About a hundred cold fronts track along the southern coasts of South Africa and Australia annually, i.e. about two a week on average. Most derive from low pressures at about 60°S, extending into the troughs between subtropical highs (Figure 12.1 and Figure 12.7), as in Figure 13.1 for a particular day. They are typically oriented north-west—south-east and tend to
Figure 13.5 The correspondence of cloud seen from a satellite and the position of a front, both at noon GMT on 8 November 1995. The dashed line indicates the position of a prefrontal trough (Figure 13.2).
behind the southern end. The northern end may extend well towards the equator, especially in winter. For instance, there is a cold front through Mt Isa (at 20°S in Queensland) several times a year in the form of a shallow wedge of cooler air, travelling as a density current (Note8.C ) through the PBL. Ripples form at night as the front ploughs through the stable air, and they can run ahead on top of the PBL to create a Morning Glory in the Gulf of Carpentaria (Note 8.L).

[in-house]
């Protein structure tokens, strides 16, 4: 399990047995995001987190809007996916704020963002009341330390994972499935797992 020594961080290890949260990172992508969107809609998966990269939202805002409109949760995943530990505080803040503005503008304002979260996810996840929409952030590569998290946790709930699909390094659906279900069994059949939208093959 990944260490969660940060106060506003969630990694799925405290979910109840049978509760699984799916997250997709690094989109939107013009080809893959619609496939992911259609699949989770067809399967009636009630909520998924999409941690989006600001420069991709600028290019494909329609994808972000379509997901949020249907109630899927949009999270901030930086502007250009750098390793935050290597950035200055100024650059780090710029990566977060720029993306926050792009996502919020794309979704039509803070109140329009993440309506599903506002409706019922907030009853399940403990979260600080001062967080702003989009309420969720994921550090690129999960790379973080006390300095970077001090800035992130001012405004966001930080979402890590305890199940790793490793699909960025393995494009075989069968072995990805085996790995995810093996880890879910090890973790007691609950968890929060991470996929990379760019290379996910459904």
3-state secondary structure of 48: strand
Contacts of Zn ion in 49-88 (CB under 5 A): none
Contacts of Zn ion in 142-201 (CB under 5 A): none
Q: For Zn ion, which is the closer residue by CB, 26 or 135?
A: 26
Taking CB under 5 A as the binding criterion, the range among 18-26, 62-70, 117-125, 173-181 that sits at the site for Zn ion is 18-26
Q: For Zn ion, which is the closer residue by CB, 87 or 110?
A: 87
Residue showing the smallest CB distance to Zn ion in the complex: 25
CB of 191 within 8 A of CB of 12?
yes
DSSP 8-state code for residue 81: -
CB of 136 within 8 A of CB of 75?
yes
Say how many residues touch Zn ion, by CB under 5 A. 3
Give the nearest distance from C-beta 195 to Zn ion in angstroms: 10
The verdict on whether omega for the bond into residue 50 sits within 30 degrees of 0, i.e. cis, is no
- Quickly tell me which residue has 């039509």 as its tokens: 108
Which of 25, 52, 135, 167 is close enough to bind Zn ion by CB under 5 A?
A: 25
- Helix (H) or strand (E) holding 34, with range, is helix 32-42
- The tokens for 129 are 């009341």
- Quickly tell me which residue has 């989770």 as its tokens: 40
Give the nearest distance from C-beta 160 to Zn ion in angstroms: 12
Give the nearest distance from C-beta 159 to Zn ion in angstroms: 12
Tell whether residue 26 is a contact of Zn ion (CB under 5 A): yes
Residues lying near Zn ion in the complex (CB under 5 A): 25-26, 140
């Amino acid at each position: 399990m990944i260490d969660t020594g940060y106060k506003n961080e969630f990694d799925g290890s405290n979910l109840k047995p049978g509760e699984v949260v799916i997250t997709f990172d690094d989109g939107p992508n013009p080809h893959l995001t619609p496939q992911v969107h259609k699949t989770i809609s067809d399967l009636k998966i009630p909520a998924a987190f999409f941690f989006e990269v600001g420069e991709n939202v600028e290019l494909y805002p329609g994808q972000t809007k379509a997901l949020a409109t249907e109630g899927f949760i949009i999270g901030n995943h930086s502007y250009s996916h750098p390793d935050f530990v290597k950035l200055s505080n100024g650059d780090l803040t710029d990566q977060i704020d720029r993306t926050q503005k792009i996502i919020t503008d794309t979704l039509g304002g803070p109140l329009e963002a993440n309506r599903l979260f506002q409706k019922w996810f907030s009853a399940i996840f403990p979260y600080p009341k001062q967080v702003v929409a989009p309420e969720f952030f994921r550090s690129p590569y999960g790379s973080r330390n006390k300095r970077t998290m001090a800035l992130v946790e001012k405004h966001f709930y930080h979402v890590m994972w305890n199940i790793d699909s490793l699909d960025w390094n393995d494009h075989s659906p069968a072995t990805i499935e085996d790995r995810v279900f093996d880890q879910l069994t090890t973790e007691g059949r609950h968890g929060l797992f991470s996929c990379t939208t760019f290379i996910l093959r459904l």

Cold fronts in South America can travel as far as 5°S in the lee of the Andes (Figure 13.8). Such an incursion of polar air, known as a friagem, can greatly harm Brazil's coffee crop (Section 3.6).
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